Non-Native settlers to the Klamath Basin also harvested the suckers for oil, food, and recreation. A factory to process fish oil opened on the Lost River in 1876, followed by a cannery in 1892. In the late nineteenth and early twentieth centuries, fishers commonly harvested suckers with pitchforks. A recreational sucker fishery, where fishers pulled treble hooks weighted by spark plugs along the bottom, was popular in the 1960s and 1970s.
Beginning in nineteenth century, agriculture diminished wetlands and degraded lake habitats in the region. The decline of wetlands began with the removal of beavers in the 1820s, followed by the drainage of wetlands so farmers could produce grain and create irrigated pasture for cattle. To promote agriculture in the region, the federal government initiated the Klamath Project in 1906, which over time drained most of the sucker habitat in Tule Lake and Lower Klamath Lake. By the 1960s, approximately two-thirds of all wetlands in the upper Klamath Basin had been drained. Several impassable dams were built, and rivers were straightened and channelized within levees to provide irrigation and flood control.
Agriculture and other land use practices, including timber harvest and road construction, increased the amount of nutrients that feed phytoplankton in Upper Klamath Lake. Increases in nutrients and a warming climate are associated with increasing harmful phytoplankton blooms, and by the 1950s a diverse healthy assemblage of green algae had been replaced by a near monoculture of a single harmful cyanobacteria. Each summer since then, this single species of cyanobacteria turns the lake an almost opaque blue-green. Because this species blooms all at once and dies all at once, it causes periods of extremely poor water quality that is often blamed for periodic large-scale fish mortality.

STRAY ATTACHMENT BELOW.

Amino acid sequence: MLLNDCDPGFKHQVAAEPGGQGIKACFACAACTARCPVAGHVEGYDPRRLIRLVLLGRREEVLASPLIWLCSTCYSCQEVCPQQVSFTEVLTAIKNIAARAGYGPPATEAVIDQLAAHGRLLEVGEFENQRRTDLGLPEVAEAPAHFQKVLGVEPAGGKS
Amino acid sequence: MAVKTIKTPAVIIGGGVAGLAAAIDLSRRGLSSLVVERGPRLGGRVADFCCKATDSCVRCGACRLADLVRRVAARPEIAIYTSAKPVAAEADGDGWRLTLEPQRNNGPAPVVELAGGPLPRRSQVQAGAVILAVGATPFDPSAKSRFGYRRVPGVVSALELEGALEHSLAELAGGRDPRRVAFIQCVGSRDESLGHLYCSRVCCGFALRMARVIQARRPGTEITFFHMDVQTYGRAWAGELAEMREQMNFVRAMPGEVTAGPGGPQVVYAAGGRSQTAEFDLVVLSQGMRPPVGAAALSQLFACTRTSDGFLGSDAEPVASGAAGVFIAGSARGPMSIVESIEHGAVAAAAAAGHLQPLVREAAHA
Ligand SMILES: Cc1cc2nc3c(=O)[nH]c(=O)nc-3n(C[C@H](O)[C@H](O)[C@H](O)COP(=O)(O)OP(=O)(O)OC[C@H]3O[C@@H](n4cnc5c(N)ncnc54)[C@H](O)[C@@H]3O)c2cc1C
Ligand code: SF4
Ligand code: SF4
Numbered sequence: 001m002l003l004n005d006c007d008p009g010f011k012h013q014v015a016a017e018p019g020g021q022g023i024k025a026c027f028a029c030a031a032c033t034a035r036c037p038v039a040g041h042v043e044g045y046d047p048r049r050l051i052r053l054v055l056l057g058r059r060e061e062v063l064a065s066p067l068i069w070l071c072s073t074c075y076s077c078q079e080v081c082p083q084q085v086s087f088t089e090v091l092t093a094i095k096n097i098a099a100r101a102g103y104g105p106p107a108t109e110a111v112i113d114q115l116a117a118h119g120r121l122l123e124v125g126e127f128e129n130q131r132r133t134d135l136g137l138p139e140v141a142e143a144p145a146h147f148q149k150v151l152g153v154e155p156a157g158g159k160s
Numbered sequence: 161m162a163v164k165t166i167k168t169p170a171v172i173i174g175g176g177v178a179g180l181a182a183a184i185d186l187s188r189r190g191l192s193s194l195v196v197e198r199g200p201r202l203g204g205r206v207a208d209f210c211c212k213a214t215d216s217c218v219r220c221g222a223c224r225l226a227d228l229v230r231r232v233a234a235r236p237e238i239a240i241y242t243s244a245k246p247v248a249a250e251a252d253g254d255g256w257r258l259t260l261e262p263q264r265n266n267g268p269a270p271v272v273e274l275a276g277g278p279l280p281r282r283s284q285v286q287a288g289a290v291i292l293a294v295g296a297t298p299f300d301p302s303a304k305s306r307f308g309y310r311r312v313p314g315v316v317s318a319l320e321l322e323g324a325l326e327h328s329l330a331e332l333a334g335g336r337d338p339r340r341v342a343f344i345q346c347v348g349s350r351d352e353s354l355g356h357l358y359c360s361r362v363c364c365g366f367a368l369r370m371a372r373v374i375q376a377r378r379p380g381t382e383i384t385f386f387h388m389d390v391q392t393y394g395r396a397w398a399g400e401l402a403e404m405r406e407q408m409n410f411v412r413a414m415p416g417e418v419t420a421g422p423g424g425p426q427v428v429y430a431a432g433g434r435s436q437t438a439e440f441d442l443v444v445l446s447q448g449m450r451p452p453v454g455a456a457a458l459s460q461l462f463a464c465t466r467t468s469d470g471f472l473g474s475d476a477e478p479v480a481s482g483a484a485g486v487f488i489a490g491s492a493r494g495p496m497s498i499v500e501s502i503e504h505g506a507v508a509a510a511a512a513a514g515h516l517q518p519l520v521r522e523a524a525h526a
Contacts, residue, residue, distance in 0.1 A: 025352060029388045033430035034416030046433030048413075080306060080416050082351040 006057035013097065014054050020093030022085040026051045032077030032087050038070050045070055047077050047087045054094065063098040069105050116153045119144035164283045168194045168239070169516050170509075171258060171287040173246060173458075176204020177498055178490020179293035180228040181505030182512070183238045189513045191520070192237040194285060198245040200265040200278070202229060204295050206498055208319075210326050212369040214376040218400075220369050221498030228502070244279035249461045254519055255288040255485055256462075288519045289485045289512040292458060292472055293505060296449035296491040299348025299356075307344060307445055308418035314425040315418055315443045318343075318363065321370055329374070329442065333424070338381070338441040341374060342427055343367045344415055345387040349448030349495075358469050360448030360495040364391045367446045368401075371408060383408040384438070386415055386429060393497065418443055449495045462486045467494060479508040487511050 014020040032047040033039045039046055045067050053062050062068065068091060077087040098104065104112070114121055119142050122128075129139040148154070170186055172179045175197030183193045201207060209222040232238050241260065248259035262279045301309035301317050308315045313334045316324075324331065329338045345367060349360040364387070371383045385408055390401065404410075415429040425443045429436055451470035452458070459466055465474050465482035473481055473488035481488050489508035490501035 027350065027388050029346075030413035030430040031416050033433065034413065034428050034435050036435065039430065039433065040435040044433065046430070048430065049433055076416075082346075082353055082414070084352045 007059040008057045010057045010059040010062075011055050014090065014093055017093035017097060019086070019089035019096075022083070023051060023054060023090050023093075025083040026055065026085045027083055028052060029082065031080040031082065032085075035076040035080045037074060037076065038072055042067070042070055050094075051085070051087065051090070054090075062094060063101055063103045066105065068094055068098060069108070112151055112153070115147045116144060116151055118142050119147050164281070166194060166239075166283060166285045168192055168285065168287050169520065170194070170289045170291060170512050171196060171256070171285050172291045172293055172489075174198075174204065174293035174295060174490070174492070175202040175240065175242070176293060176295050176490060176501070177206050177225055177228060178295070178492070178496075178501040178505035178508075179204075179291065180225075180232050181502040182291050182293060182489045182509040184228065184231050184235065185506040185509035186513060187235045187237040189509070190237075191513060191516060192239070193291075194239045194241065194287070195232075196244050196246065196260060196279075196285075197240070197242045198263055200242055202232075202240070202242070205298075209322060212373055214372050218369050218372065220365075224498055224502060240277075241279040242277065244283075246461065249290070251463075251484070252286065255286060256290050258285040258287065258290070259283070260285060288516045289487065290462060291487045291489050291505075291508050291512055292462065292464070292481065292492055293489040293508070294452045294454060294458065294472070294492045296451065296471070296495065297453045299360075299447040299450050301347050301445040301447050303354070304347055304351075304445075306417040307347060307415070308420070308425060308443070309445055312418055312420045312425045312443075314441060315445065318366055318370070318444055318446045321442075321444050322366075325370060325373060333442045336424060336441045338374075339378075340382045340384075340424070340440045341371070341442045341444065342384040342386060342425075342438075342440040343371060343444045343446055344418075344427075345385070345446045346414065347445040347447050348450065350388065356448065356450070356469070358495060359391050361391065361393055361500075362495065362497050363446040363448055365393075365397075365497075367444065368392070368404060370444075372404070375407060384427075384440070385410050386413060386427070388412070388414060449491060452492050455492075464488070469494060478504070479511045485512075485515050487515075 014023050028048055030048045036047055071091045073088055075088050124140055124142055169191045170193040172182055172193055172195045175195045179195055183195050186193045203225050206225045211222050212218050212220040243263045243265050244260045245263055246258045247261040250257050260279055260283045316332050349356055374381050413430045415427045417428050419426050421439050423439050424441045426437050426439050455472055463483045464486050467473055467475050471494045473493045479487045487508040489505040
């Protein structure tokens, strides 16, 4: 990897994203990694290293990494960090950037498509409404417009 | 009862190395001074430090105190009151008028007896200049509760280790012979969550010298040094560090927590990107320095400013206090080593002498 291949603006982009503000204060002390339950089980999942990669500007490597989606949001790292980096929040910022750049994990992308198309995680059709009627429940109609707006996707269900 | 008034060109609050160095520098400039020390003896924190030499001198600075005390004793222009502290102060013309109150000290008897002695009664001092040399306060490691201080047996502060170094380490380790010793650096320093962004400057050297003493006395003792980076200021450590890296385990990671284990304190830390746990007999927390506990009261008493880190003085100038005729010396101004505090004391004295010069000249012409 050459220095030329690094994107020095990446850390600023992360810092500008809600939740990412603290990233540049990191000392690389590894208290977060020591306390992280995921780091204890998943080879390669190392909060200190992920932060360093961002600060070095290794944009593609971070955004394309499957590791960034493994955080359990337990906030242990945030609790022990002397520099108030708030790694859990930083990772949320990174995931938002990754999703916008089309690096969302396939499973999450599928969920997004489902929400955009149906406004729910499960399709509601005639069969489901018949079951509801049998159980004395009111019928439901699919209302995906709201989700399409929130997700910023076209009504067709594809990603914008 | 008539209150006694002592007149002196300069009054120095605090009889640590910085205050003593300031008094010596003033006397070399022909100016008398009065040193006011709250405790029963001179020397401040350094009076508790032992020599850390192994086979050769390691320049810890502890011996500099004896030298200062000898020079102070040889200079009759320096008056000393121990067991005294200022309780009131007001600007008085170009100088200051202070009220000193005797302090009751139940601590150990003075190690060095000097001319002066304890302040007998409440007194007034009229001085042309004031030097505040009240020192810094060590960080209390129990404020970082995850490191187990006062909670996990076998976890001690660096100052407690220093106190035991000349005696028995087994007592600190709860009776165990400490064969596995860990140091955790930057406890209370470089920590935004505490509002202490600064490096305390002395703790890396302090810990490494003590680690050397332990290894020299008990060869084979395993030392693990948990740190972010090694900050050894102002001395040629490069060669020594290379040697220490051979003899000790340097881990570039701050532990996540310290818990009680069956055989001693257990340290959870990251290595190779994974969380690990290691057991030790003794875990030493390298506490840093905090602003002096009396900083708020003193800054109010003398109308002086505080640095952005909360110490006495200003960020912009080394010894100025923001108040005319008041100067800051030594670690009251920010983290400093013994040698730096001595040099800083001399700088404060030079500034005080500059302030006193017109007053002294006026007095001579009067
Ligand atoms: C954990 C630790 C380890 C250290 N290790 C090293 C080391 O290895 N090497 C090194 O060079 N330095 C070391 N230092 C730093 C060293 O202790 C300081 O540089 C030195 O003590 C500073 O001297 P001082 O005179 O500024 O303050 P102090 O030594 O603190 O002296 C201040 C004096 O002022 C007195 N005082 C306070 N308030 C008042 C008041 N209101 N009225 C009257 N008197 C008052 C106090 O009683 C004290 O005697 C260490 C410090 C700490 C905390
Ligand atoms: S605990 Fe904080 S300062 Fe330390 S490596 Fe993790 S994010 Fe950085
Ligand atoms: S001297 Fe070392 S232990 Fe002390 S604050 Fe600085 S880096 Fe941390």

During the 1960s, massive die-offs occurred and recreational catches of suckers declined. In 1971, millions of dead fish, including suckers, surfaced on Upper Klamath Lake; it was determined in 1986 that very few suckers had survived to adulthood over the previous two decades. The sucker fishery closed in 1986, and two years later Lost River and shortnose suckers were listed as endangered under the Endangered Species Act. Some suckers, hatched in the early 1990s, survived fish mortality events in the mid-1990s, but since then almost no fish have survived to adulthood in Upper Klamath Lake.